My woodworking hobby shop is in the basement of my Eugene, Oregon home, which has a cement floor. There's a bathroom with toilet and sink down there, but I'd really like to add a shower. What's involved in putting a drain into the floor and getting it out to the city sewer line?
Kevin Y. ~ Eugene, Oregon
Hi Kevin, The fact that there is already plumbing there means adding a shower should be a fairly painless project. The first step is deciding where the shower will be located and what size it will be. Very few existing bathrooms that are set up for a toilet and a sink already have room for a shower, but your basement bathroom might be the exception.
There are small shower kits available that might be just the thing for your project. They come with a basin and three shower walls which you don't assemble until you have them in your basement. This can make it easier to get the shower components down a narrow basement stairway. Another option would be to use a shower basin and do ceramic tile shower walls.
Once you have adjusted any framing necessary to provide room for your shower you are ready for your under-slab plumbing. You are going to need a plumbing permit to add your shower and will probably also need a building permit depending on how inspections are handled in Eugene, Oregon.
There is already plumbing under your basement slab in the basement bathroom area and possibly in other areas depending on what all you have in your basement. The toilet and sink drain lines connect under the slab and eventually join the main drain line before it exits your home and heads for the city sewer lines. The question is knowing what direction the sink and toilet lines immediately go in so that a minimum of concrete floor will have to be cut up to join the new shower drain line to them.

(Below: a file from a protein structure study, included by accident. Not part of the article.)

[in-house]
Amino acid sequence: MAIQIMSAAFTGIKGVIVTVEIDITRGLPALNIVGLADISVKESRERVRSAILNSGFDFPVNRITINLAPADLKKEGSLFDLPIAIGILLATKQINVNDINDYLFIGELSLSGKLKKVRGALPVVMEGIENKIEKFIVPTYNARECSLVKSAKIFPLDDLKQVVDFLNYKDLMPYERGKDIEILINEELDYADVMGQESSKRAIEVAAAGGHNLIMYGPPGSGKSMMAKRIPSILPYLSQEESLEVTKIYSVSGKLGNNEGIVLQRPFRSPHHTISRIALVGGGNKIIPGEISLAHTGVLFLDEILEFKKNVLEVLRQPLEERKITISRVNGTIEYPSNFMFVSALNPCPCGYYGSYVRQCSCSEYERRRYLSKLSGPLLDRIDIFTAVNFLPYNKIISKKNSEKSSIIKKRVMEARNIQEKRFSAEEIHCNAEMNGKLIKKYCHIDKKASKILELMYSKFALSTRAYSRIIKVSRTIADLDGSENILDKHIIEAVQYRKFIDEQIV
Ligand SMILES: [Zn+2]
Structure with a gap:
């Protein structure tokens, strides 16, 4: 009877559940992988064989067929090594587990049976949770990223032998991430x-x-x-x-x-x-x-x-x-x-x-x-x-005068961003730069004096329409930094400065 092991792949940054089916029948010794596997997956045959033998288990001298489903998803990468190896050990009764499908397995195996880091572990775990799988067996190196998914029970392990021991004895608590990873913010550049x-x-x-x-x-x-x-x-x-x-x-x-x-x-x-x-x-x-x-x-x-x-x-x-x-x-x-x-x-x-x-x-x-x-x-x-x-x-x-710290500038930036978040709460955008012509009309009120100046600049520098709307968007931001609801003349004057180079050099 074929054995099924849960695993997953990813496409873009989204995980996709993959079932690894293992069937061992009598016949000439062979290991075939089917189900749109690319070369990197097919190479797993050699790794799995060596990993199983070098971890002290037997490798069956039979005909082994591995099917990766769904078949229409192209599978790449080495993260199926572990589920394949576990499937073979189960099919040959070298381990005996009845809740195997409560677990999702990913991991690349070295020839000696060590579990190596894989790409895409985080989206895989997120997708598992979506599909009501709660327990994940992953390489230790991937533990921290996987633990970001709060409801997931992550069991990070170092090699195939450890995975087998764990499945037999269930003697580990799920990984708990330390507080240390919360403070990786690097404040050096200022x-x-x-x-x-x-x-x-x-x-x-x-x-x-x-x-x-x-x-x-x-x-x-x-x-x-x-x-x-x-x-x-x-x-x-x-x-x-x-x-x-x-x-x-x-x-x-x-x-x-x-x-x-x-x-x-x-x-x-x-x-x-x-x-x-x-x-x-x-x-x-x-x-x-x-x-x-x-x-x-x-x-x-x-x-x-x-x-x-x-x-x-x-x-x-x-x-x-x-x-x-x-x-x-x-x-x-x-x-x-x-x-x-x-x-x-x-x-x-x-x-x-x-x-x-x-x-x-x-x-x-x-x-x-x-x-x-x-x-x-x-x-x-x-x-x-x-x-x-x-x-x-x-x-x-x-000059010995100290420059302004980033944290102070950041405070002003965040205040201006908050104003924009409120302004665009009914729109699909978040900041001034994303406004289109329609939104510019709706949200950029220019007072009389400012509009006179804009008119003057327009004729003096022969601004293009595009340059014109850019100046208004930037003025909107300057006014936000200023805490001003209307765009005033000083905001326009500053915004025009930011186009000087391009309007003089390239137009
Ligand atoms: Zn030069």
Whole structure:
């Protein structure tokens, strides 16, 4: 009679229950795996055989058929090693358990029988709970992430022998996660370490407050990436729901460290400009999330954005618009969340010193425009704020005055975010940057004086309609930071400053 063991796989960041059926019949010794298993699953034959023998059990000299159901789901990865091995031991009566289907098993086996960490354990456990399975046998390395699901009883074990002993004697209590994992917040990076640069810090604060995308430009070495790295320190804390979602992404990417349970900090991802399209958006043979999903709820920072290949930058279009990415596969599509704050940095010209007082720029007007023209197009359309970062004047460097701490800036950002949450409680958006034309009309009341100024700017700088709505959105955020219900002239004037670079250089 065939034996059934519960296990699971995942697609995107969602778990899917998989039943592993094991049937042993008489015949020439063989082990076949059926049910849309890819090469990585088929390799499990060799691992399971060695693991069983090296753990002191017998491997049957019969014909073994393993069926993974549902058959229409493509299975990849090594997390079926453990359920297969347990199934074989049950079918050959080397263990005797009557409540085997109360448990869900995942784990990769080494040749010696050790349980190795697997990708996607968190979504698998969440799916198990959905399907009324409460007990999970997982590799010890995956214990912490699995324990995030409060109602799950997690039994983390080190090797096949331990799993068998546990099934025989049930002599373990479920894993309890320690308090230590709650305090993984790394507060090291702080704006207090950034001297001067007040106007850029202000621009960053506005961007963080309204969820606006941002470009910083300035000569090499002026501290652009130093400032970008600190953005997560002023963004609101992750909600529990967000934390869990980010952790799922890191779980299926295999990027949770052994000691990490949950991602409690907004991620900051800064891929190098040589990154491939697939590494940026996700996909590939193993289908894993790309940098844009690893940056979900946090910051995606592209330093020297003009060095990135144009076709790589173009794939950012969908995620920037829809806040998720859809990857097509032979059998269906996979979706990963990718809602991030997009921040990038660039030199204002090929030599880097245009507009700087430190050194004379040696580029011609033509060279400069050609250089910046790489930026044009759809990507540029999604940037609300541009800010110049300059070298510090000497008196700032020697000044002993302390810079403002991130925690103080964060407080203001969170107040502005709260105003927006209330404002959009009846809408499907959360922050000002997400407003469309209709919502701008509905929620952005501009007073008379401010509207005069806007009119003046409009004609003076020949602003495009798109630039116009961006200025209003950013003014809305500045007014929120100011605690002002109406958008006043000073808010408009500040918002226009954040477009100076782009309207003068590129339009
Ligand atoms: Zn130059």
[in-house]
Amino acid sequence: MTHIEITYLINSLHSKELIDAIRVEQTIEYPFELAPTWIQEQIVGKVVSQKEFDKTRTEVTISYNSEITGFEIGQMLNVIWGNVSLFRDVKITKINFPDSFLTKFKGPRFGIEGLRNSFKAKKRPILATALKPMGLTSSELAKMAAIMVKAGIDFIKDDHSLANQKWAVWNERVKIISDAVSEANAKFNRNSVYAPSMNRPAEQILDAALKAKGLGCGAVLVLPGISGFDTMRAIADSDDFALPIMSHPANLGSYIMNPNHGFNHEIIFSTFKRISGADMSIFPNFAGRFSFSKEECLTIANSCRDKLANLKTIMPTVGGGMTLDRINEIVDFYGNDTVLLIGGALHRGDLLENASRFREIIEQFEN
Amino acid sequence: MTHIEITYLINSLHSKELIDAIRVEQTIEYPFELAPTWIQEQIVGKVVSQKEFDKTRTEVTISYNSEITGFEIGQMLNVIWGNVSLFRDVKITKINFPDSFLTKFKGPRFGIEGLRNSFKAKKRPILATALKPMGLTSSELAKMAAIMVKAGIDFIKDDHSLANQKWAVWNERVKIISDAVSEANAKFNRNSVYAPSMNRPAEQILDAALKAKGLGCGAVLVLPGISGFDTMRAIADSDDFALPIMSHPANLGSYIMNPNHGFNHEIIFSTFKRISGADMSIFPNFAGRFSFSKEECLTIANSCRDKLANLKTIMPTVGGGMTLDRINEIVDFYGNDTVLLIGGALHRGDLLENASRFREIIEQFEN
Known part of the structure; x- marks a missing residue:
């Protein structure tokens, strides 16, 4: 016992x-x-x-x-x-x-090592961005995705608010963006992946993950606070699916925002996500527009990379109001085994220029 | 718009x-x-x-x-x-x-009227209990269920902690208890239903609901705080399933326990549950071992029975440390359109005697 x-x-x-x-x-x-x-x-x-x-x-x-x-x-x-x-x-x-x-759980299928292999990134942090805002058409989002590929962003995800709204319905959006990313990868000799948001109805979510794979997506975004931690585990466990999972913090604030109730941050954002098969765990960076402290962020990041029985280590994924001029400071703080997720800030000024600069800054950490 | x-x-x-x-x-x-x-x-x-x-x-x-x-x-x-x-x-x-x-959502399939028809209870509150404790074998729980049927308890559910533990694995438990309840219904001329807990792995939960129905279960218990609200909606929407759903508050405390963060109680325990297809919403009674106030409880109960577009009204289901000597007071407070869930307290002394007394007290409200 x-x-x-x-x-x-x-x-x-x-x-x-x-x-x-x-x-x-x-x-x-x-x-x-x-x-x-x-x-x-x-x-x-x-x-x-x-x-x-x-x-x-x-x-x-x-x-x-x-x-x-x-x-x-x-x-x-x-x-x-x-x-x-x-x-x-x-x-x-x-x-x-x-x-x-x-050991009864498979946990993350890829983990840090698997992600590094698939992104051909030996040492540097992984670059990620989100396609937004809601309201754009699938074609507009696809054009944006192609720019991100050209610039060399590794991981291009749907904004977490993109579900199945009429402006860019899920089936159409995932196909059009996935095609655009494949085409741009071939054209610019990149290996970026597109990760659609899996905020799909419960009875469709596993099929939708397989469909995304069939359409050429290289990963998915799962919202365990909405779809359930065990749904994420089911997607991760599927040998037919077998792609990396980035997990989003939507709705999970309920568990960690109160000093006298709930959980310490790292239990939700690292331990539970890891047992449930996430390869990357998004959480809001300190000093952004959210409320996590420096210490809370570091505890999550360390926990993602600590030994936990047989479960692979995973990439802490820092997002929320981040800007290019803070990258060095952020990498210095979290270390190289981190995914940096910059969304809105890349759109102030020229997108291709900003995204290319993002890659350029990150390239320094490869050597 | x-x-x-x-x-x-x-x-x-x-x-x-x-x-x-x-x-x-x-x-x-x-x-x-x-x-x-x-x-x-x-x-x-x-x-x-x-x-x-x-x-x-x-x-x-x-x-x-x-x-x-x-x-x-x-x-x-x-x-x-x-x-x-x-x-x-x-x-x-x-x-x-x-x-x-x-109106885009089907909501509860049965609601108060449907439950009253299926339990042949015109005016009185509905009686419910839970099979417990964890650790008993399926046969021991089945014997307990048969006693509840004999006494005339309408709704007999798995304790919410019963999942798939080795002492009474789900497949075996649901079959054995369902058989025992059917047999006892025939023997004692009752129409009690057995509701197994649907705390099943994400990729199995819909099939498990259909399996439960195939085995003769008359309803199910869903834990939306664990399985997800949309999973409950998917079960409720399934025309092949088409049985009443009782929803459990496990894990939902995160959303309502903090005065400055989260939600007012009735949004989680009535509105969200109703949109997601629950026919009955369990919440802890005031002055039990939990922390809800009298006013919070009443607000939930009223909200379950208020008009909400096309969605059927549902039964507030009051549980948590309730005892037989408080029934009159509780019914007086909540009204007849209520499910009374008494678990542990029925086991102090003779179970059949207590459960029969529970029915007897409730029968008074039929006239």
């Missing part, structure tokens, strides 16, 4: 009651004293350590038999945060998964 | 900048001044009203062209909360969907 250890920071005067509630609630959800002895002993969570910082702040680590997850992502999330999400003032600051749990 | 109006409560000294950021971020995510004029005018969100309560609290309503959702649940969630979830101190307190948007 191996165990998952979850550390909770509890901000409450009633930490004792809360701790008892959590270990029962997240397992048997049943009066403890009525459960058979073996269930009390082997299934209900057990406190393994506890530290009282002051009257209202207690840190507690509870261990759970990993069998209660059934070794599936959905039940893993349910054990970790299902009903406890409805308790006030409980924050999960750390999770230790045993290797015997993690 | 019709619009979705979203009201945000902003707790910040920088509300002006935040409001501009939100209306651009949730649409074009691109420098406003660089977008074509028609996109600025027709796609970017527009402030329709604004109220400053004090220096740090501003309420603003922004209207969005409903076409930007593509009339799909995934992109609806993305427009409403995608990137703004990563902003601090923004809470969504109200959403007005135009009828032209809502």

A good plumbing contractor should be able to get pretty close to the existing lines' location by examining the layout in the basement and the location of the exterior clean-out where the sewer line exits the house. Cutting up the slab can be done with an electric jackhammer and it is a dusty job so the bathroom door should be shut while it is being done. Once the new drain lines are installed and inspected the plumbing contractor will mix a little concrete and patch the slab back.
The hot and cold supply lines should come into the basement bathroom from the ceiling and may run down one of the bathroom walls. The plumbing contractor will simply do a connection to the existing supply lines for the new shower lines. The whole project should be fairly simple and the part that takes the longest may be waiting for inspections.
If you have a concrete floor in your basement bathroom, you may want to consider installing some inexpensive vinyl tile after the project is complete as the concrete patch will probably be very visible.